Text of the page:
Anti-neoplastic properties of hydralazine in prostate cancer
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Inês Graça1,4, Elsa J Sousa1, Pedro Costa-Pinheiro1, Filipa Q Vieira1,4, Jorge Torres-Ferreira1,2, Maria Gabriela Martins 3, Rui Henrique1,2,5, Carmen Jerónimo1,5
1 Cancer Biology & Epigenetics Group, Research Center of the Portuguese Oncology Institute-Porto,
2 Department of Pathology, Portuguese Oncology Institute-Porto,
3 Department of Hematology - Laboratory of Flow Cytometry, Portuguese Oncology Institute-Porto,
4 Departments of School of Allied Health Sciences ESTSP, Polytechnic of Porto,
5 Department of Pathology and Molecular Immunology, Institute of Biomedical Sciences Abel Salazar, University of Porto
Carmen Jerónimo, email:
Keywords: Prostate Cancer, Hydralazine, DNA methyltransferases, Androgen Receptor
Received: February 14, 2014 Accepted: April 16, 2014 Published: April 17, 2014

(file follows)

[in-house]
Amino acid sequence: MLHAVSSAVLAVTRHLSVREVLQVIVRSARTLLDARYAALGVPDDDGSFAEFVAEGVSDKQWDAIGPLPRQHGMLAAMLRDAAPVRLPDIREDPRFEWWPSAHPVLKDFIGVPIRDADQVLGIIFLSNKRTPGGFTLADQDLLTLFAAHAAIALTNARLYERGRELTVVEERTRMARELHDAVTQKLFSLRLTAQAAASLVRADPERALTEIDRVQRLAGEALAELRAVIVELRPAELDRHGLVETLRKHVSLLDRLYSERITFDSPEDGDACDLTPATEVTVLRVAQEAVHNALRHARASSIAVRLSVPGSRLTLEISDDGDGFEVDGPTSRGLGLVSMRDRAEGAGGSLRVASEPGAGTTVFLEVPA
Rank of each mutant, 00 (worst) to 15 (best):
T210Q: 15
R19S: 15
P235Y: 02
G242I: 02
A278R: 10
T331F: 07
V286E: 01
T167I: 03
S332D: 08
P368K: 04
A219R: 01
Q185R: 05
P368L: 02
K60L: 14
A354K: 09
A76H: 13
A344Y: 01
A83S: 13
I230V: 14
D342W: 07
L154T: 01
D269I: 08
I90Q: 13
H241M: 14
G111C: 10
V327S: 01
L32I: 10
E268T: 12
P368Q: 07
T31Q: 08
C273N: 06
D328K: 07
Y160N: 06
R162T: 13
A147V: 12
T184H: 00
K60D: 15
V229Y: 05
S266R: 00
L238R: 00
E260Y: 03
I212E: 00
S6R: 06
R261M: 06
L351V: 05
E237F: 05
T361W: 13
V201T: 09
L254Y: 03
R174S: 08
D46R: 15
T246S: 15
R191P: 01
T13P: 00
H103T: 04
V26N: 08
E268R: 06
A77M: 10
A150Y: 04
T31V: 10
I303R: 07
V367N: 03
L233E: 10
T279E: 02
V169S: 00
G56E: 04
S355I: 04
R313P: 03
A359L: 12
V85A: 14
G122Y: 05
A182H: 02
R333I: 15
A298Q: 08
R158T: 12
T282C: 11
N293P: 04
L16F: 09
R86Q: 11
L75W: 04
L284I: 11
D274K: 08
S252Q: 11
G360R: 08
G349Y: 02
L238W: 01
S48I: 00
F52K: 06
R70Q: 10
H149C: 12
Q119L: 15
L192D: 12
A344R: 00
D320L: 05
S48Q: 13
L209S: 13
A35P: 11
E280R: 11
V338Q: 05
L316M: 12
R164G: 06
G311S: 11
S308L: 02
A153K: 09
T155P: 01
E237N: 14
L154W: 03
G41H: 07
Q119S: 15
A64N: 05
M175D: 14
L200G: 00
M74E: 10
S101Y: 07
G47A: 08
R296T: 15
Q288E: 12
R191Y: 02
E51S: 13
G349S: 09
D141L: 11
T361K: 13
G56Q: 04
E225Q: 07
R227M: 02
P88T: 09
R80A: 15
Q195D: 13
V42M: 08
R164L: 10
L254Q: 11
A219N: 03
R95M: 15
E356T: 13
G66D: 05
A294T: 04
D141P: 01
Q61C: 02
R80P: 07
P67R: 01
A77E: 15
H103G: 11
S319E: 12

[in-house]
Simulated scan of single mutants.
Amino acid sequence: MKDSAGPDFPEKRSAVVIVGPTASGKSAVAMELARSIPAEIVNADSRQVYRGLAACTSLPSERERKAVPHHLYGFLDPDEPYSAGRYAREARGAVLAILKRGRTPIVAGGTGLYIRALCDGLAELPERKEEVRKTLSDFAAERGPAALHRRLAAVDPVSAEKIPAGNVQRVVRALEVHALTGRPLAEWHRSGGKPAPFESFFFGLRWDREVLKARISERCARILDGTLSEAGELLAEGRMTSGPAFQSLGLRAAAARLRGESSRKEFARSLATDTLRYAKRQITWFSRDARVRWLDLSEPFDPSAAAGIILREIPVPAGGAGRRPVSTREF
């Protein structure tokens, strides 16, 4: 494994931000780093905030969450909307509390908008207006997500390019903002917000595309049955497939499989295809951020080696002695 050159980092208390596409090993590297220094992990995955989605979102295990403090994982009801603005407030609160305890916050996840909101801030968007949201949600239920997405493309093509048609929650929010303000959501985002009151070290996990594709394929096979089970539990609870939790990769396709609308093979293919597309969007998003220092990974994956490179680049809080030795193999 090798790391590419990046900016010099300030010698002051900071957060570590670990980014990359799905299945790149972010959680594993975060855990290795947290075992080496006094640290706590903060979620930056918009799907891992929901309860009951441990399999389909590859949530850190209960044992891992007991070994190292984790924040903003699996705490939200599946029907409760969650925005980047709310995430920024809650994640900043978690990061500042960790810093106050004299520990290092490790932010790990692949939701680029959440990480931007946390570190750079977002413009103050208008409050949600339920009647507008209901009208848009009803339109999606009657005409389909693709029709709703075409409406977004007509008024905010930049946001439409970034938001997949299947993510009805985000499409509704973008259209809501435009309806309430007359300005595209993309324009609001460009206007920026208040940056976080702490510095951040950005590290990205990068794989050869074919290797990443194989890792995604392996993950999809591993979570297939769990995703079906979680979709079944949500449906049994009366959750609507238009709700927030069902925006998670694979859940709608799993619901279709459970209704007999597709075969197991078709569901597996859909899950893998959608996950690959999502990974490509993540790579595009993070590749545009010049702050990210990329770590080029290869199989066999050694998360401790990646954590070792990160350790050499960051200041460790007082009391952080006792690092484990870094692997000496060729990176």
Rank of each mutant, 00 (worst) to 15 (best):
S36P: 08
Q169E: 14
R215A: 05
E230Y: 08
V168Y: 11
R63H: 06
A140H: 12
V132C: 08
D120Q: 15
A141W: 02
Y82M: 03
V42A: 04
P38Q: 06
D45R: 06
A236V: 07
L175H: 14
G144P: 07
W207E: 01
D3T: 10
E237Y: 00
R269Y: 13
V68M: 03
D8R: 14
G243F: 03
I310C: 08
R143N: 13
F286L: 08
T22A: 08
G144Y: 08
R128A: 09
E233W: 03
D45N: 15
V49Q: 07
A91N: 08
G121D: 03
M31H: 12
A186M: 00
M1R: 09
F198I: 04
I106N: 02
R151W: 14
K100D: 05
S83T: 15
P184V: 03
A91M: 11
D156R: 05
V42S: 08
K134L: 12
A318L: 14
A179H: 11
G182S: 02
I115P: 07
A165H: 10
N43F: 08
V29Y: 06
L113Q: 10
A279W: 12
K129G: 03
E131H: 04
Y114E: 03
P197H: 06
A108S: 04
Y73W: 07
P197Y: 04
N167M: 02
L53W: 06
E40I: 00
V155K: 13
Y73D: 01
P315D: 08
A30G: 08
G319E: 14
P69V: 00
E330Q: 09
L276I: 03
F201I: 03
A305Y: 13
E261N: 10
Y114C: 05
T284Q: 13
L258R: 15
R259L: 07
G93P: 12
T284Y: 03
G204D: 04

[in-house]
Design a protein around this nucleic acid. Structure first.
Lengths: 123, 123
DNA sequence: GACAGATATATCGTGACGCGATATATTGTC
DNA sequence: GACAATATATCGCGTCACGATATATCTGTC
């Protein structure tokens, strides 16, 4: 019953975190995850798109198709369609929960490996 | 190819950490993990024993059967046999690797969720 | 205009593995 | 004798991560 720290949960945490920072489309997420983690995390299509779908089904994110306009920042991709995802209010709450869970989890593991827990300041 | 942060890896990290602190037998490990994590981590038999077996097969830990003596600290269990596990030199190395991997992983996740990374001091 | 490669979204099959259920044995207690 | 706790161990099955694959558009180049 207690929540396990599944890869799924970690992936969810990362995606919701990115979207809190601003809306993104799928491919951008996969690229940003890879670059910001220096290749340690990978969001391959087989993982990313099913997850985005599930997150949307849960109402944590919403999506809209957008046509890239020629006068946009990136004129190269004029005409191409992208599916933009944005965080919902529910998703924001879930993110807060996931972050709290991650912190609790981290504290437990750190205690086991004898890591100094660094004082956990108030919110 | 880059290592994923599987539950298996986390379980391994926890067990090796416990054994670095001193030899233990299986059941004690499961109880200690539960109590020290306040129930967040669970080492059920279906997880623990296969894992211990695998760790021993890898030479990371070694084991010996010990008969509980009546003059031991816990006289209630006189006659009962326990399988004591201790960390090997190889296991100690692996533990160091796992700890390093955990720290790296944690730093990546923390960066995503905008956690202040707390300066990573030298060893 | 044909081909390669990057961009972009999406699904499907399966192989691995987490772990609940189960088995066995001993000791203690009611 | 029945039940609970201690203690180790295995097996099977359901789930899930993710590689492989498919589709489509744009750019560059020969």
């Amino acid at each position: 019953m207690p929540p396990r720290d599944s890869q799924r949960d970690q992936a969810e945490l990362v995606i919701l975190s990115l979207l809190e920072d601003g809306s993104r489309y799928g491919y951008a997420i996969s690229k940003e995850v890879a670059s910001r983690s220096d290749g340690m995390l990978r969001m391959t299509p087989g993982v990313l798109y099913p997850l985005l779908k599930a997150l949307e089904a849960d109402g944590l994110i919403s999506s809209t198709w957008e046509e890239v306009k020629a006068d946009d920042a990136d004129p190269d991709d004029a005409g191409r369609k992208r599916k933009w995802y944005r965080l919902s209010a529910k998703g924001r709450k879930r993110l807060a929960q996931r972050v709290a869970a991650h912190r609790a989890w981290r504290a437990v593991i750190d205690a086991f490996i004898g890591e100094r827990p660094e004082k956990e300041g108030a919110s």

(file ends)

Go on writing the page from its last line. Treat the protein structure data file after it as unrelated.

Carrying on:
Prostate cancer (PCa) is a major cause of cancer-related morbidity and mortality worldwide. Although early disease is often efficiently managed therapeutically, available options for advanced disease are mostly ineffective. Aberrant DNA methylation associated with gene-silencing of cancer-related genes is a common feature of PCa. Therefore, DNA methylation inhibitors might constitute an attractive alternative therapy. Herein, we evaluated the anti-cancer properties of hydralazine, a non-nucleoside DNA methyltransferases (DNMT) inhibitor, in PCa cell lines. In vitro assays showed that hydralazine exposure led to a significant dose and time dependent growth inhibition, increased apoptotic rate and decreased invasiveness. Furthermore, it also induced cell cycle arrest and DNA damage. These phenotypic effects were particularly prominent in DU145 cells. Following hydralazine exposure, decreased levels of DNMT1, DNMT3a and DNMT3b mRNA and DNMT1 protein were depicted. Moreover, a significant decrease in GSTP1, BCL2 and CCND2 promoter methylation levels, with concomitant transcript re-expression, was also observed. Interestingly, hydralazine restored androgen receptor expression, with upregulation of its target p21 in DU145 cell line. Protein array analysis suggested that blockage of EGF receptor signaling pathway is likely to be the main mechanism of hydralazine action in DU145 cells. Our data demonstrate that hydralazine attenuated the malignant phenotype of PCa cells, and might constitute a useful therapeutic tool.
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